Settlement price$11.38


Posted in Cap and trade, Cap-and-trade auction results, Global Warming Solutions Act: AB 32| Comments closed

California’s Pioneering Spirit Endures under Cap and Trade

KHK pictureCalifornia’s state motto is “Eureka,” (Greek  for “I found it”) referring to the discovery of California gold in 1848. Shortly thereafter, the Golden State quickly became the land of opportunity, spurring new technologies and catapulting California to the forefront of global innovation.

While California may no longer be flush with gold, it remains a leader in emerging industries, innovation, and technology.  In 2013, it stayed true to its pioneering spirit with the successful launch of the state’s ambitious cap-and-trade program, which is now attracting international interest.

All metrics indicate that a strong, healthy, and enduring carbon market was established in California during its first year of cap and trade, amidst a recovering economy and continuing job growth . The state has seen five successful auctions of carbon credits and an actively traded secondary market. Through this market mechanism, California has placed a price and a cap on carbon pollution while holding the state’s top polluting companies accountable for spewing harmful emissions.  Carbon credit prices have been both reasonable and stable, evidence of a smooth transition to a capped economy with none of the catastrophic results predicted by the program’s opponents.

To mark the one-year anniversary of cap and trade in California, EDF will be releasing an in-depth analysis of the program’s first year on January 8th. This report examines the state’s progress in implementing the cap-and-trade regulation and includes market performance analysis by industry experts and academics, details on auction outcomes and identification of trading trends on the secondary market. It also covers updates regarding ongoing litigation, proposed regulatory amendments and international collaboration. From the extensive data presented in this report, it is evident that cap and trade in California is off to a successful start.

Though challenges lay ahead, there is no doubt that California will rise to the challenge of accommodating the emerging carbon market. As it did during the Gold Rush, the state will continue to develop new technologies and build infrastructure while serving as a model to the world.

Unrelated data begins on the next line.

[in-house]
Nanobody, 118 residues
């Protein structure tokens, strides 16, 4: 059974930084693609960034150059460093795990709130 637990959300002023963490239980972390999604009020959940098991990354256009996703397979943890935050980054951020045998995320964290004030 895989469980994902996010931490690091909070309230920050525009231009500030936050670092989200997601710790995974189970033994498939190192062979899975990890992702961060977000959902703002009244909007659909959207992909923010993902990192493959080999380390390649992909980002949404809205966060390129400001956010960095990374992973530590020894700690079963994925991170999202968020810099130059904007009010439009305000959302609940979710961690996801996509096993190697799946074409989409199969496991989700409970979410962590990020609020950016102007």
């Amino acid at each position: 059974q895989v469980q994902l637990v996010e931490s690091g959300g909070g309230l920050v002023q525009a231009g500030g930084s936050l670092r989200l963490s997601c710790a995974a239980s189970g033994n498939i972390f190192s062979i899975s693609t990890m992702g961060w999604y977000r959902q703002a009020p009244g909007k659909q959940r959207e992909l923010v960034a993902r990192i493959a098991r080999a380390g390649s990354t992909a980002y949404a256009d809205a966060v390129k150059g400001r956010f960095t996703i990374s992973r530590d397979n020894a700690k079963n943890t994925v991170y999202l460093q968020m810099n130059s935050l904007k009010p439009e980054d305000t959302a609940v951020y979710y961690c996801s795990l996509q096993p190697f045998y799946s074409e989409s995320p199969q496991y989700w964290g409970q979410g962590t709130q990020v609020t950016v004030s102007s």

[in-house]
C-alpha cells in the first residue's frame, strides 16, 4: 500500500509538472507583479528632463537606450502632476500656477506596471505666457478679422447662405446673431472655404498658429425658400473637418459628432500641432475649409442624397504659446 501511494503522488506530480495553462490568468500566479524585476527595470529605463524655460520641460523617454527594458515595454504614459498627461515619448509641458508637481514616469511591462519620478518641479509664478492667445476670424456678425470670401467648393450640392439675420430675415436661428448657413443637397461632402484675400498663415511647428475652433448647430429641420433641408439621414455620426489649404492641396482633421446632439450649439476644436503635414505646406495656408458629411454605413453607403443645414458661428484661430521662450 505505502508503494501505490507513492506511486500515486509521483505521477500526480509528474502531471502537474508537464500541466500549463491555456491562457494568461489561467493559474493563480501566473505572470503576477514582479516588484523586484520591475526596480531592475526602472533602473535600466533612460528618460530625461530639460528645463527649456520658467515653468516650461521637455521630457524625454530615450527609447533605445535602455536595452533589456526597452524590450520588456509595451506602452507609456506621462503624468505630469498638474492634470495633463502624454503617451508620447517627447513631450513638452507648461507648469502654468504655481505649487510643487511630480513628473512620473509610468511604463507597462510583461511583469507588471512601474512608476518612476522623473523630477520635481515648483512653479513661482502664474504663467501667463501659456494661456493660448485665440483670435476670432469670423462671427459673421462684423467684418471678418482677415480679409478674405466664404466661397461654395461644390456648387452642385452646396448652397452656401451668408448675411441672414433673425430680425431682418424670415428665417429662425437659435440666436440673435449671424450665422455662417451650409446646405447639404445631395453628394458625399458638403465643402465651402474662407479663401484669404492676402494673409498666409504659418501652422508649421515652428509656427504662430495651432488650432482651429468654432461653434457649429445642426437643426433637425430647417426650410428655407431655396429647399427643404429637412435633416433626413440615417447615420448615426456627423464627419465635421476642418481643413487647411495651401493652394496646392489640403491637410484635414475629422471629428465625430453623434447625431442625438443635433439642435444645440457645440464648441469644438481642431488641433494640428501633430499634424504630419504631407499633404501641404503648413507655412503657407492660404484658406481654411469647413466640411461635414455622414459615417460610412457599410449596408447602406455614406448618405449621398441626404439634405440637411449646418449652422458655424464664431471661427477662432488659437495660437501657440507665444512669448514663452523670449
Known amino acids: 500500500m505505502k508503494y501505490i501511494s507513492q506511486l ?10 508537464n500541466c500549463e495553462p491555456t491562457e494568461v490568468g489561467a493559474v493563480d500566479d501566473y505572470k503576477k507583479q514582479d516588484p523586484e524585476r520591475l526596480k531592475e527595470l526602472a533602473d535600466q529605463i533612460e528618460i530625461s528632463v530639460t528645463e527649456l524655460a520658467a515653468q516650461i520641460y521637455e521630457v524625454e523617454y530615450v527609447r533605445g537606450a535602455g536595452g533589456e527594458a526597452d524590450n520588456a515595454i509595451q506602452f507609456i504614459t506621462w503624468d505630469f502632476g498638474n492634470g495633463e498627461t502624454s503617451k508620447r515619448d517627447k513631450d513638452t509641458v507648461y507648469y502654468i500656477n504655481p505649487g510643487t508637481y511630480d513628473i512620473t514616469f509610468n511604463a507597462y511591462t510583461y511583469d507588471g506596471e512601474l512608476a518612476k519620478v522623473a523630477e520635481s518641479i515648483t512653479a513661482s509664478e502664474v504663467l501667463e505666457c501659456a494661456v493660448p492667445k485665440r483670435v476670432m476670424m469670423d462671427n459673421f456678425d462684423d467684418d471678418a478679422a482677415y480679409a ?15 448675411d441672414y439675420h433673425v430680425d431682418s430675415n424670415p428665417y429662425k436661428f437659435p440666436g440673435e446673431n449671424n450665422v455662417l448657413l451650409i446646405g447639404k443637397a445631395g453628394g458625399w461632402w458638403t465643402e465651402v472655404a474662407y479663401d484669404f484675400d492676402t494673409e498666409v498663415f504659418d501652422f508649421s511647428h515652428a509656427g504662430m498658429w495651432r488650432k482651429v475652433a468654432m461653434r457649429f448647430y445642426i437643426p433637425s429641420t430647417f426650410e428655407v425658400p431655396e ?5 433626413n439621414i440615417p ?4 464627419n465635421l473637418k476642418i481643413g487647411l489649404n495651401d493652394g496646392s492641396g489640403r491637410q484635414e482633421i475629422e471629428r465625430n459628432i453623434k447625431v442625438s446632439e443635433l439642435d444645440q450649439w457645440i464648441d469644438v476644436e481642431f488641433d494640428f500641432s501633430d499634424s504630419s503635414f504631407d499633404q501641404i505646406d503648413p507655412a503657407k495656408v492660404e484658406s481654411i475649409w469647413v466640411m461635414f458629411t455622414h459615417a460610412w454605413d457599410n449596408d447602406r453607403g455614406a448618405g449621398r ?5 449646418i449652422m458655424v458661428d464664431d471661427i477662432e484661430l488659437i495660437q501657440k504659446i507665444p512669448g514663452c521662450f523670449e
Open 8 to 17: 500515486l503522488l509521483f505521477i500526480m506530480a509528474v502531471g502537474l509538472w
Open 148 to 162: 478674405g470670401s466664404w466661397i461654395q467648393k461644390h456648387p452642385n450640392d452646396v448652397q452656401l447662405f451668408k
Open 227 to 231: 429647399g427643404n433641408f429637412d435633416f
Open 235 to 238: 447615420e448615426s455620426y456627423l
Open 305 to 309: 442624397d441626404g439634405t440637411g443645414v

With the close of the first year of cap and trade, it is clear that California has found something more valuable than gold – a viable cap-and-trade program that gives the state a chance to address climate change, one of the biggest challenges of our time, and usher in a new era of opportunity and prosperity.

Posted in Cap and trade, Cap-and-trade auction results, General, Global Warming Solutions Act: AB 32| 1 Response, comments now closed

One Year Later, Carbon Auctions Thriving in California

KHK pictureAt this time last year, an 11th hour lawsuit was brought by the California Chamber of Commerce on the eve of the state’s first carbon auction —and with it a wave of questions aimed to cast doubt on the landmark program. Will the auction actually happen? Will companies participate? Will allowances sell?

What a difference a year makes.

Since the first auction took place in November of 2012, we’ve come to find out the answers to those questions are – yes, yes, and yes. And, despite attempts to create uncertainty and confusion it’s held true for all four auctions to date.

The Golden State’s carbon market received another dose of confidence last week when state courts upheld California's ability to auction carbon allowances and hold polluters accountable for their harmful emissions.  The ruling came just in time for the state’s fifth auction, which will take place tomorrow.

While the court decision is good news for cap and trade, perhaps even better is the progress that participants and other stakeholders have made in their discussions about the market over the past year.  From the 2013 California Carbon Summit to a recent Lawrence Berkeley National Laboratory Report, discussions are turning to the future of the carbon market post-2020 and potential linkages with other emissions trading programs.

A year later, the overwhelming sentiment is that the carbon market is here to stay.

Part of this confidence stems from the auction results themselves. In the last auction, all 2016 vintage allowances offered were purchased, signaling belief in the future of the carbon market, as these allowances cannot be used before 2016.  In addition, California companies have become more comfortable participating in the carbon market. This is reflected in the healthy volumes traded daily on the secondary market and the increased stability of prices over the past few months.

The settlement price for 2013 vintage allowances for tomorrow’s auction is forecasted to be lower than that of the previous one, which doesn’t indicate a weak market but rather the increased understanding that compliance will be less costly than previously expected. However, with a floor price of $10.71, which will continue to increase every year, a strong price signal for clean energy improvements remains.

Furthermore, the latest 2012 emissions data released by the California Air Resources Board show an increase in emissions from 2011 in California. This was expected for several reasons including the closure of the San Onofre Nuclear Generating Station, the shortage of hydropower generation in 2012, and the state’s significant economic recovery  during that time. California’s economy continues to rebound and the cap-and-trade program will play an important role in the landmark achievement of decoupling this economic growth from growth in carbon pollution that threatens our communities and the world.